Sir Fred Goodwin added he had lost around £5m on the value of his shares in 2007, although he stressed that he was not complaining.

Bonus culture

Mr Hornby conceded that the culture, where bankers can receive many times their salary in cash bonuses, did need to be looked at.

"The bonus system has proved to be wrong. Substantial cash bonuses do not reward the right kind of behaviour," he said.

Sir Tom McKillop agreed that a fundamental review of remuneration was needed.

But when asked whether the bonus culture encouraged excessive risk taking and had exacerbated the banking crisis, Sir Fred Goodwin argued that traders had been trading within set limits, and had simply been doing "what they were authorised to do".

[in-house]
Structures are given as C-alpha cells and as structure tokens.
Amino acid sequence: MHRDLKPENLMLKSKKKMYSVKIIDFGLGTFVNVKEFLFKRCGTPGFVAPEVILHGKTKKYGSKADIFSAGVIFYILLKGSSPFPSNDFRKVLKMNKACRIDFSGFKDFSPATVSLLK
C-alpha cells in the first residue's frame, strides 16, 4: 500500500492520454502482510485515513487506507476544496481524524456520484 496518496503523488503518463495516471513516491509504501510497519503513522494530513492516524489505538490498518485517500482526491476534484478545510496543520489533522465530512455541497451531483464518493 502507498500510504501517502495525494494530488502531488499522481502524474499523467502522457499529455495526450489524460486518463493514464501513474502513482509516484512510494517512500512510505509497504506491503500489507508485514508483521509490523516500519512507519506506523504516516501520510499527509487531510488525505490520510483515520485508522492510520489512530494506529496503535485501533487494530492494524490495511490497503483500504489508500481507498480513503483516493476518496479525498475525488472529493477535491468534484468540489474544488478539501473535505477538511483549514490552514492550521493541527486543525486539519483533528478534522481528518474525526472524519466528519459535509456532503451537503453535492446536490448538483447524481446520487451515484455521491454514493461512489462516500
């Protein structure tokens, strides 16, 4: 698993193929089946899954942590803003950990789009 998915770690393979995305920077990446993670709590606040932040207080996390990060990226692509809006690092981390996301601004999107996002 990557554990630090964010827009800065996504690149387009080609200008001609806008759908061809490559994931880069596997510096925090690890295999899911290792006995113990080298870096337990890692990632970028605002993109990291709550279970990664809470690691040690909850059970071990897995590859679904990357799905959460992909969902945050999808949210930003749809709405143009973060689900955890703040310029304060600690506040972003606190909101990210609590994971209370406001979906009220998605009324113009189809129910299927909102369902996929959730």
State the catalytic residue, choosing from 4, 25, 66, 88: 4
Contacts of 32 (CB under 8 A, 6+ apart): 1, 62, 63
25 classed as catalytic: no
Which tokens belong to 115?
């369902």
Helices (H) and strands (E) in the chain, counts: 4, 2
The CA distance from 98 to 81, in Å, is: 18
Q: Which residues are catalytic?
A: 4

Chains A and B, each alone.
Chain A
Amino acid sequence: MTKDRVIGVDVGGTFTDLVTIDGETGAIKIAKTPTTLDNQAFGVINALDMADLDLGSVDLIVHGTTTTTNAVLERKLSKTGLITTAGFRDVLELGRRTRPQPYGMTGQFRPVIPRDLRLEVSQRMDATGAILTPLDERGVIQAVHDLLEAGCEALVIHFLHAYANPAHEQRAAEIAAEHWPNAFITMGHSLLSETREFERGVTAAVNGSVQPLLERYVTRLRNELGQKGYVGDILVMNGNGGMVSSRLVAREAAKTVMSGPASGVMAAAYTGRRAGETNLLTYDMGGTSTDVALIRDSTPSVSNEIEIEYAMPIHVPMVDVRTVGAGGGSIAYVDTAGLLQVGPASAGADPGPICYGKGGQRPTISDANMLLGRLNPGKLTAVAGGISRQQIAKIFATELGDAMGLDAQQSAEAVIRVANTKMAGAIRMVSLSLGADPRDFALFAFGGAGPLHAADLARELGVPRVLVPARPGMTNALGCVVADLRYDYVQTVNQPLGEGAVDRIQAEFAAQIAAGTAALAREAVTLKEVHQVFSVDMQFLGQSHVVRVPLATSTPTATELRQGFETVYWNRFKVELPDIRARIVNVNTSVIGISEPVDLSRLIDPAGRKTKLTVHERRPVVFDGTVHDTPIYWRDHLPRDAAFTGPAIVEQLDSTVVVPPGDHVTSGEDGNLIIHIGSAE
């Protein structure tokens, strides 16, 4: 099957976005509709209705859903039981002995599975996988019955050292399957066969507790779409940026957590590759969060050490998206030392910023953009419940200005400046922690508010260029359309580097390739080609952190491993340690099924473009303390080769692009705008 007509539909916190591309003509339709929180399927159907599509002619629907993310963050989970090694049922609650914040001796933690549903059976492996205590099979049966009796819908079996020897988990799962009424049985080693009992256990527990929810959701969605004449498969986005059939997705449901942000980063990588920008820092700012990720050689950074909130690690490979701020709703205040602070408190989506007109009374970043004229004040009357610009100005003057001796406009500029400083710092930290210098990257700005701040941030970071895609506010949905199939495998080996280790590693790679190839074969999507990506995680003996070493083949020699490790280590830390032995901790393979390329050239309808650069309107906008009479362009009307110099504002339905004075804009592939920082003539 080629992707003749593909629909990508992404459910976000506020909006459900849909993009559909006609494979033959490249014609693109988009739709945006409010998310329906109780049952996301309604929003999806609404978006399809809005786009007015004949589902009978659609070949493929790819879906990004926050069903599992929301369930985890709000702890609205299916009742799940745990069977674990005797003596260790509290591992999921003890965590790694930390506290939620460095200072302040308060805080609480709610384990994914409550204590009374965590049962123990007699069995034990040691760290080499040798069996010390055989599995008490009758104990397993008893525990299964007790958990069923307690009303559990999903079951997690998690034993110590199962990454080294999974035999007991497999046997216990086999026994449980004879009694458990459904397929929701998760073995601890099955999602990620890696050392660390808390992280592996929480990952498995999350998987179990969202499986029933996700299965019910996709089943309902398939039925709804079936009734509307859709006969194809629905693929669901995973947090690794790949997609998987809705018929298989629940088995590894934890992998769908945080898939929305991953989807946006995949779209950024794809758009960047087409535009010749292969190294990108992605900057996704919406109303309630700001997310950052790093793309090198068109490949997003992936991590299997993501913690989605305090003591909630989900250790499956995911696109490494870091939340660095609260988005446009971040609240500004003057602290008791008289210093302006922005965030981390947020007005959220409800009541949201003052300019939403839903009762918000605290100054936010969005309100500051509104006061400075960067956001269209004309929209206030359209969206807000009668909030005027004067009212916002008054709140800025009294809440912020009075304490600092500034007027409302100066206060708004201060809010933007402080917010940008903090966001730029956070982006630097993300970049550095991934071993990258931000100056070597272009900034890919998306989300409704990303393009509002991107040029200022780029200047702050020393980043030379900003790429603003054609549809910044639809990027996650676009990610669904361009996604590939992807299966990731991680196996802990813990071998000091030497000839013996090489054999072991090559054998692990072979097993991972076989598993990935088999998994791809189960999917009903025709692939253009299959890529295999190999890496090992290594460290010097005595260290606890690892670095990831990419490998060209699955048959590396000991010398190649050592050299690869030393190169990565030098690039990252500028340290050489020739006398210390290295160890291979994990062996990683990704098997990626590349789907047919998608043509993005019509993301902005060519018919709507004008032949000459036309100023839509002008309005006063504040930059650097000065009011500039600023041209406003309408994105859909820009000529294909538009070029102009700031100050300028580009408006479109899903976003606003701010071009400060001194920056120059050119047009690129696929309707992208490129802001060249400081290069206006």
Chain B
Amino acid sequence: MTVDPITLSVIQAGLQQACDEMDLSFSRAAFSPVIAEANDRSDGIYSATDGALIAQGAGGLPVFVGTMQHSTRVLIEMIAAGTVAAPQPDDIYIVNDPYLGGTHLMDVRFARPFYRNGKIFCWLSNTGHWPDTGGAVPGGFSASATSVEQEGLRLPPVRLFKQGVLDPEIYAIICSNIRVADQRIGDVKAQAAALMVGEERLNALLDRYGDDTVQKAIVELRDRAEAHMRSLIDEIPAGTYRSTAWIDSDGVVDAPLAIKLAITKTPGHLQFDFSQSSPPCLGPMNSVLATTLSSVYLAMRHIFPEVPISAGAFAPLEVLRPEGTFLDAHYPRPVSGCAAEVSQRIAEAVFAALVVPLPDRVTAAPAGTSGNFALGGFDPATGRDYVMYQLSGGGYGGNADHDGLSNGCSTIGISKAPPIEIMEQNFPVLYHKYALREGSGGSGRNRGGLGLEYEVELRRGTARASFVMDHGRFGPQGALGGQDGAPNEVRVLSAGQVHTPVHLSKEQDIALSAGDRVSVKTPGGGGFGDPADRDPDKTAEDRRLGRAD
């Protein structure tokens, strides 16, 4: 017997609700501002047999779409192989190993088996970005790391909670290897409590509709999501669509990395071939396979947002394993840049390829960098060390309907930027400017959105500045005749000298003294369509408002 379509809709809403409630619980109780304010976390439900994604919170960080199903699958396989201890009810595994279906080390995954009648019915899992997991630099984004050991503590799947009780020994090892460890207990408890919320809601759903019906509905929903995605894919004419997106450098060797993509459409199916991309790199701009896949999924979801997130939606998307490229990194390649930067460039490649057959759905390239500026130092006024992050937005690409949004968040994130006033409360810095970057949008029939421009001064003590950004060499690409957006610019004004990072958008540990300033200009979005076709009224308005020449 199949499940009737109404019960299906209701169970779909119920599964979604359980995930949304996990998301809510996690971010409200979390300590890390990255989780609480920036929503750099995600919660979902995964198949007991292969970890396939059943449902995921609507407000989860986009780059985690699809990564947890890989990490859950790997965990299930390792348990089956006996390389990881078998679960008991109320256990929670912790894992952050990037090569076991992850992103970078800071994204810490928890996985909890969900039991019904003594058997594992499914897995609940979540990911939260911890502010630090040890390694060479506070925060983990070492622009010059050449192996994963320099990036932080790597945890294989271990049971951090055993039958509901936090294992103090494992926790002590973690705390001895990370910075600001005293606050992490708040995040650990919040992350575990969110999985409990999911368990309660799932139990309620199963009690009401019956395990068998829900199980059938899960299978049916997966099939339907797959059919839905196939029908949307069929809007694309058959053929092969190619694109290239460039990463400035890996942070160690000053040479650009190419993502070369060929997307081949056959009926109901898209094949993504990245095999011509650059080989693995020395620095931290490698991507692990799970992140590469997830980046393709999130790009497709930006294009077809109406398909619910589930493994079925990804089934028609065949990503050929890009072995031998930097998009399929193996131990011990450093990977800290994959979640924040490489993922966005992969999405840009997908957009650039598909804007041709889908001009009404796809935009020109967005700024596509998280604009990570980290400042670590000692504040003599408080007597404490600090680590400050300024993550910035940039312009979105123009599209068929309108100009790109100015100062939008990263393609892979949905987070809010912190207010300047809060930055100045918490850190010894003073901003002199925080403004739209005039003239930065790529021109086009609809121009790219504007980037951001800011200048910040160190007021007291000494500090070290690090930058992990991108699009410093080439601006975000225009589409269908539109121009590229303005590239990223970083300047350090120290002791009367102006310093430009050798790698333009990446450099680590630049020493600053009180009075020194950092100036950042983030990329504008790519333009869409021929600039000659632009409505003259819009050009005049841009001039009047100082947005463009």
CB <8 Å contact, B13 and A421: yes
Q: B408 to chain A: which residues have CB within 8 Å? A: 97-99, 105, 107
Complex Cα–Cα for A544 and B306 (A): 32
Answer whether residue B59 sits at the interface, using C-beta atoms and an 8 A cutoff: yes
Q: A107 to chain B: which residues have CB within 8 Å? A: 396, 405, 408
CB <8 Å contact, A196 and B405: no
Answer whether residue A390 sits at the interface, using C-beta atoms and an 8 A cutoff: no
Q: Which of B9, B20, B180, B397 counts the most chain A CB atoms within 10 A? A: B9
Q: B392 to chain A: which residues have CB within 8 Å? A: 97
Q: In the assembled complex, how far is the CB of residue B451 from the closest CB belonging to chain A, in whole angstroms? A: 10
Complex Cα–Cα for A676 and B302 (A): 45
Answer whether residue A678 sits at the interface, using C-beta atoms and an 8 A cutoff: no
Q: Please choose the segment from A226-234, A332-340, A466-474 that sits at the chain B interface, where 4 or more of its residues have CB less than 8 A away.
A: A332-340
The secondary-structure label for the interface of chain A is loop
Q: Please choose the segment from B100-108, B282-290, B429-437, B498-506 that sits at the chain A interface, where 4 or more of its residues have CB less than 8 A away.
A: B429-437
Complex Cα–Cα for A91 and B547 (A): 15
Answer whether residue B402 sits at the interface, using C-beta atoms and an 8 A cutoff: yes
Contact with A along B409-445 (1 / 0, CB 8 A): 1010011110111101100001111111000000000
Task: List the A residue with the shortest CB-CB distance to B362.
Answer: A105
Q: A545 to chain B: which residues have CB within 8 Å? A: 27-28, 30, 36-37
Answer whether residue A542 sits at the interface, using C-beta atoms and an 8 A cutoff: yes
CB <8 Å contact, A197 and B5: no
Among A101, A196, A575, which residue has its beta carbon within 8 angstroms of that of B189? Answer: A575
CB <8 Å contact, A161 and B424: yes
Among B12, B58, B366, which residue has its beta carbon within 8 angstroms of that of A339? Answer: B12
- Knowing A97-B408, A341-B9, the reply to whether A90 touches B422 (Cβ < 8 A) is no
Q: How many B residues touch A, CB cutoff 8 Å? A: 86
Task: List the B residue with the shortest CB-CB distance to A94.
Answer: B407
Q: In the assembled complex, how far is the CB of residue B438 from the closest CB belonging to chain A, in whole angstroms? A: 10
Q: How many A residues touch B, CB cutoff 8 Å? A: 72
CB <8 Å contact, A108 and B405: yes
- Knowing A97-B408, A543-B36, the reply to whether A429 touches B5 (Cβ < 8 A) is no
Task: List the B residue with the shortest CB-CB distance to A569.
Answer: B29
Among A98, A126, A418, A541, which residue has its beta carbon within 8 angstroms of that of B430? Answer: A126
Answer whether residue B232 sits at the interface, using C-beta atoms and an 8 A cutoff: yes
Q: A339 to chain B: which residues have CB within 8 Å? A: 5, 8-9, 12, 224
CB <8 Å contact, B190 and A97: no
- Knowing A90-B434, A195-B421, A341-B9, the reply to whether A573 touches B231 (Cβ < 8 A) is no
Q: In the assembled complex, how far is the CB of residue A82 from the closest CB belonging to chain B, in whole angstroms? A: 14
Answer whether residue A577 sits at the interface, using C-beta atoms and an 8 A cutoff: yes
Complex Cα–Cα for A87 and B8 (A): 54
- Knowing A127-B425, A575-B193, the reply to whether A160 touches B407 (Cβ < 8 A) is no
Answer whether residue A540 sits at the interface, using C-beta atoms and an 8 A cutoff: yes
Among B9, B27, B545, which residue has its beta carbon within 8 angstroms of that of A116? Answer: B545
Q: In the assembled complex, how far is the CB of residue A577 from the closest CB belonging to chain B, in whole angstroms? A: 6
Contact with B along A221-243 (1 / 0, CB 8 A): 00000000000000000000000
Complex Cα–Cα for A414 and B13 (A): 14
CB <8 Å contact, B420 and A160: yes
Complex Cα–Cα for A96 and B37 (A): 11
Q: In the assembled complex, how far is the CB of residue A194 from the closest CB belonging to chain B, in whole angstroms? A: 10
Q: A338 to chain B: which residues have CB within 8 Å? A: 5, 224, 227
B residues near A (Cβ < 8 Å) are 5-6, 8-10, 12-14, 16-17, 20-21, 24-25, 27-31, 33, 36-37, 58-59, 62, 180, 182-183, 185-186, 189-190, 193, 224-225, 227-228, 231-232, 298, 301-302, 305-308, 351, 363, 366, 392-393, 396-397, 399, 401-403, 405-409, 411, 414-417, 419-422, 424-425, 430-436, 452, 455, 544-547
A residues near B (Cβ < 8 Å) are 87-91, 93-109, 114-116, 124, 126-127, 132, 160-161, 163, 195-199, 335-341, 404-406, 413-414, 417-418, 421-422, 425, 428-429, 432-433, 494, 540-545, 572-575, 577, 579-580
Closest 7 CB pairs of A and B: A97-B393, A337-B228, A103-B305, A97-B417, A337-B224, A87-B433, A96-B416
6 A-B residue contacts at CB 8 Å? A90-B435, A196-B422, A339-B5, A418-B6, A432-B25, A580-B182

It is "hard to say that remuneration was a cause [of the bank's problems]," he said.

Huge losses

Sir Fred oversaw a number of acquisitions that made Edinburgh-based RBS one of the world's biggest banks.

But his £10bn deal to buy Dutch rival ABN Amro late in 2007 is now seen as ill-timed and a deal too far in light of RBS's inability to survive the credit crunch without a massive injection of government funds.

Sir Tom admitted to the committee that the deal to buy ABN was "a big mistake".

"We bought it at the top of the market and anything we paid was an error. We are sorry we bought ABN Amro," he said.

Sir Fred said it was a "bad decision and certainly mistimed."

He said the size of RBS, together with its lack of cash following the ABN Amro, made it particularly susceptible to the credit crunch.

RBS is now nearly 70%-owned by the taxpayer after a government rescue package was put in place at the end of last year.

No easy ride

The ex-bosses of HBOS also admitted mistakes.

When pushed, Lord Stevenson, former chairman of HBOS, said the mistake the bank made was a failure to predict the credit crunch, which effectively froze access to new funds.

"The fundamental mistake of HBOS was the failure to predict the wholesale collapse of the wholesale markets," he said.